Stool samples from 56 of 57 case-patients showed identical virulence gene profiles, consisting of stx1, stx2, eaeA, and ehxA . The virulence gene profile of the remaining probable primary case-patient was only stx2 and ehxA. Twenty bovine, 4 ovine, and 2 caprine fecal samples were tested from animals traced to other properties after the show had ended. Serotype O157:H- was confirmed from 51 of the human cases, and also from ovine, caprine, and bovine feces, and the animal bedding sample. All O157:H- isolated from animal and environmental sources displayed the same MLVA profiles (6_8_2_9_4_7_8_2_3_8 and 11–7-13–4-5–6-4–9) (Technical Appendix Table 2), stx1a and stx2c subtypes, and sequence type ST11, and 2/51 of human isolates differed by 1 allele in 1 of the MLVA profiles. Although E. coli O157 has frequently been reported to belong to sequence type 11 (13), the MLVA profiles were novel to the Queensland collection of previously typed STEC isolates (n = 112). 

A table of petting zoo outbreaks is available at http://www.barfblog.com/wp-content/uploads/2017/08/Petting-Zoo-Outbreaks-Table-7-26-17.xlsx

Mild illness during outbreak of shiga toxin-producing Escherichia coli O157 infections associated with agricultural show, Australia

Emerging Infectious Diseases, vol. 23, no 10, October 2017, Bhakti R. Vasant, Russell J. Stafford, Amy V. Jennison, Sonya M. Bennett, Robert J. Bell, Christine J. Doyle, Jeannette R. Young, Susan A. Vlack, Paul Titmus, Debra El Saadi, Kari A.J. Jarvinen, Patricia Coward, Janine Barrett, Megan Staples, Rikki M.A. Graham, Helen V. Smith, and Stephen B. Lambert

https://wwwnc.cdc.gov/eid/article/23/10/16-1836_article

During a large outbreak of Shiga toxin−producing Escherichia coli illness associated with an agricultural show in Australia, we used whole-genome sequencing to detect an IS1203v insertion in the Shiga toxin 2c subunit A gene of Shiga toxin−producing E. coli. Our study showed that clinical illness was mild, and hemolytic uremic syndrome was not detected.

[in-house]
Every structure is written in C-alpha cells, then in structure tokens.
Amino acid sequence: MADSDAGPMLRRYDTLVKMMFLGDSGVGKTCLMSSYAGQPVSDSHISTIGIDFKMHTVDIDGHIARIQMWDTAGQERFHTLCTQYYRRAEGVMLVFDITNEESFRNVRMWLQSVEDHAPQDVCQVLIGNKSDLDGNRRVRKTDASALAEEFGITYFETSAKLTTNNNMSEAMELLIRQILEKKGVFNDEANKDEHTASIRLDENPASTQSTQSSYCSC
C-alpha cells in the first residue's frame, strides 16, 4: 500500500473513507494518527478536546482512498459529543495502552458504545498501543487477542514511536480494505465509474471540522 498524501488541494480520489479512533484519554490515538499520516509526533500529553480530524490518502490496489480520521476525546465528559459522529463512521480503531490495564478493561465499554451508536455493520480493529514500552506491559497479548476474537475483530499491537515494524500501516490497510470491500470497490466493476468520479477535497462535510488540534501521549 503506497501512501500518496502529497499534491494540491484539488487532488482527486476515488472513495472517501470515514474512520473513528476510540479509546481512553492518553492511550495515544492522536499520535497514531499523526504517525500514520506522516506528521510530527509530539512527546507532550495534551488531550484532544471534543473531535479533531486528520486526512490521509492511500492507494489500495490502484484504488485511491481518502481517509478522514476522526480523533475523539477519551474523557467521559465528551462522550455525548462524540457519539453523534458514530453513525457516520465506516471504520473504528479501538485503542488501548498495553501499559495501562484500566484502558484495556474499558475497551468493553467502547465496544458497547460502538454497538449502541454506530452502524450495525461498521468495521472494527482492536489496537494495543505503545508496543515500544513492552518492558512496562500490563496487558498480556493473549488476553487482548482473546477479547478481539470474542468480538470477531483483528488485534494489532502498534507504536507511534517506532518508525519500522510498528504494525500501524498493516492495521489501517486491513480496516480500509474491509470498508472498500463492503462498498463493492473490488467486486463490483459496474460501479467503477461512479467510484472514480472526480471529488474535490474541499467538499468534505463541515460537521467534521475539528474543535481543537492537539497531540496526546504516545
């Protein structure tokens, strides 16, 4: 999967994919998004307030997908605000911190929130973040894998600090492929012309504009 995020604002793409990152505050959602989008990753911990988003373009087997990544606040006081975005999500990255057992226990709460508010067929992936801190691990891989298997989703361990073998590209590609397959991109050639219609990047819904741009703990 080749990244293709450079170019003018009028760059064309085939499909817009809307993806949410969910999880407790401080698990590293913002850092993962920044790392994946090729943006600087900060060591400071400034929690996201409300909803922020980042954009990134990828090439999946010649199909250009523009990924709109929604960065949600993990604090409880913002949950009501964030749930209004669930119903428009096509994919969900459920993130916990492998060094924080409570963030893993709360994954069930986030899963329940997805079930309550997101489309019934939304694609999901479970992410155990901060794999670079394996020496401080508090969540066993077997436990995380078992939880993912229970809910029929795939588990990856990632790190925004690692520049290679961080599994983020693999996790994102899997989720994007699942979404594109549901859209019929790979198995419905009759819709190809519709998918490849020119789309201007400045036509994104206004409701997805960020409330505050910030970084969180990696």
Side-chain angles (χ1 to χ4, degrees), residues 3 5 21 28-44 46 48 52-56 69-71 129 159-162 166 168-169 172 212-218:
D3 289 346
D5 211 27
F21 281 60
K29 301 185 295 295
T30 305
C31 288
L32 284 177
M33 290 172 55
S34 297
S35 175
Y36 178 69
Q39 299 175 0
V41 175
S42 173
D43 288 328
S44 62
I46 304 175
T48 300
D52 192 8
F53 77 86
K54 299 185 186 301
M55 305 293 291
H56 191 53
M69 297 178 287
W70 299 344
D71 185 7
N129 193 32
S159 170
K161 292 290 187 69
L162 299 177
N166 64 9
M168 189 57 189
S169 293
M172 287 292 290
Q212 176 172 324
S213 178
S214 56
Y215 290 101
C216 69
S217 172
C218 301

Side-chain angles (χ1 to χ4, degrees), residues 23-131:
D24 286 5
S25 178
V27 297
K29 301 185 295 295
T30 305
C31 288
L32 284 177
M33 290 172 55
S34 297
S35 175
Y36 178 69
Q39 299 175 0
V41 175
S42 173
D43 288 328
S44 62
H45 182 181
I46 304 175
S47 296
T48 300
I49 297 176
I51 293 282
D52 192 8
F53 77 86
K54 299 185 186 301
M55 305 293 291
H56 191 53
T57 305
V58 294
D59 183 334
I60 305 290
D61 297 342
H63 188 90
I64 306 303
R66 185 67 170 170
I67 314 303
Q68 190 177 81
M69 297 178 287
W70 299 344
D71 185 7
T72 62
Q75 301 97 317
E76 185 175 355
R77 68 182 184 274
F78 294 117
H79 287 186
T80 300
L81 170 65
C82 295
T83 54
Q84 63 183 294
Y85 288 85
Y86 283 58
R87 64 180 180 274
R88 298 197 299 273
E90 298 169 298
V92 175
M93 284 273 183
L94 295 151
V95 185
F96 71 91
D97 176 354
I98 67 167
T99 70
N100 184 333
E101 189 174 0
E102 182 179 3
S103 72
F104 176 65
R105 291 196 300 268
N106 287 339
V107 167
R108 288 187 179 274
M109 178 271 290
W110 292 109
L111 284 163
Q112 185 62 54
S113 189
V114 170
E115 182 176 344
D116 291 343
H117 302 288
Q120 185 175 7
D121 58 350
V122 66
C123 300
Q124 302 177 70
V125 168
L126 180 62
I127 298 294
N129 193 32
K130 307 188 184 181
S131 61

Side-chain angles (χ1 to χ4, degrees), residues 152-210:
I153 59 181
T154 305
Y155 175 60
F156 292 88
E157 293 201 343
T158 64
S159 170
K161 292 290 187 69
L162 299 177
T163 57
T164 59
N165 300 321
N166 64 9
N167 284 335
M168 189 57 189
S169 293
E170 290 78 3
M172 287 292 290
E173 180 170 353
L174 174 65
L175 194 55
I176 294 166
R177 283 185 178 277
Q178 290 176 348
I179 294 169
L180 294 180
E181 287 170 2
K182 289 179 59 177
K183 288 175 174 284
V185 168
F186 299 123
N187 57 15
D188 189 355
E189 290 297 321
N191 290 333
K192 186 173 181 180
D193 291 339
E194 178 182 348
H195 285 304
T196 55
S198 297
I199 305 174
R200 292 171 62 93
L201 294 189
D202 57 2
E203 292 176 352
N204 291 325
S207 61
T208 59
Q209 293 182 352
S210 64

Erdozain G, Kukanich K, Chapman B, Powell D. 2012. Observation of public health risk behaviours, risk communication and hand hygiene at Kansas and Missouri petting zoos – 2010-2011. Zoonoses Public Health. 2012

Outbreaks of human illness have been linked to visiting settings with animal contact throughout developed countries. This paper details an observational study of hand hygiene tool availability and recommendations; frequency of risky behavior; and, handwashing attempts by visitors in Kansas (9) and Missouri (4), U.S., petting zoos. Handwashing signs and hand hygiene stations were available at the exit of animal-contact areas in 10/13 and 8/13 petting zoos respectively. Risky behaviors were observed being performed at all petting zoos by at least one visitor. Frequently observed behaviors were: children (10/13 petting zoos) and adults (9/13 petting zoos) touching hands to face within animal-contact areas; animals licking children’s and adults’ hands (7/13 and 4/13 petting zoos, respectively); and children and adults drinking within animal-contact areas (5/13 petting zoos each). Of 574 visitors observed for hand hygiene when exiting animal-contact areas, 37% (n=214) of individuals attempted some type of hand hygiene, with male adults, female adults, and children attempting at similar rates (32%, 40%, and 37% respectively). Visitors were 4.8x more likely to wash their hands when a staff member was present within or at the exit to the animal-contact area (136/231, 59%) than when no staff member was present (78/343, 23%; p<0.001, OR=4.863, 95% C.I.=3.380-6.998). Visitors at zoos with a fence as a partial barrier to human-animal contact were 2.3x more likely to wash their hands (188/460, 40.9%) than visitors allowed to enter the animals’ yard for contact (26/114, 22.8%; p<0.001, OR= 2.339, 95% CI= 1.454-3.763). Inconsistencies existed in tool availability, signage, and supervision of animal-contact. Risk communication was poor, with few petting zoos outlining risks associated with animal-contact, or providing recommendations for precautions to be taken to reduce these risks.

Whole genome sequencing PR in Australia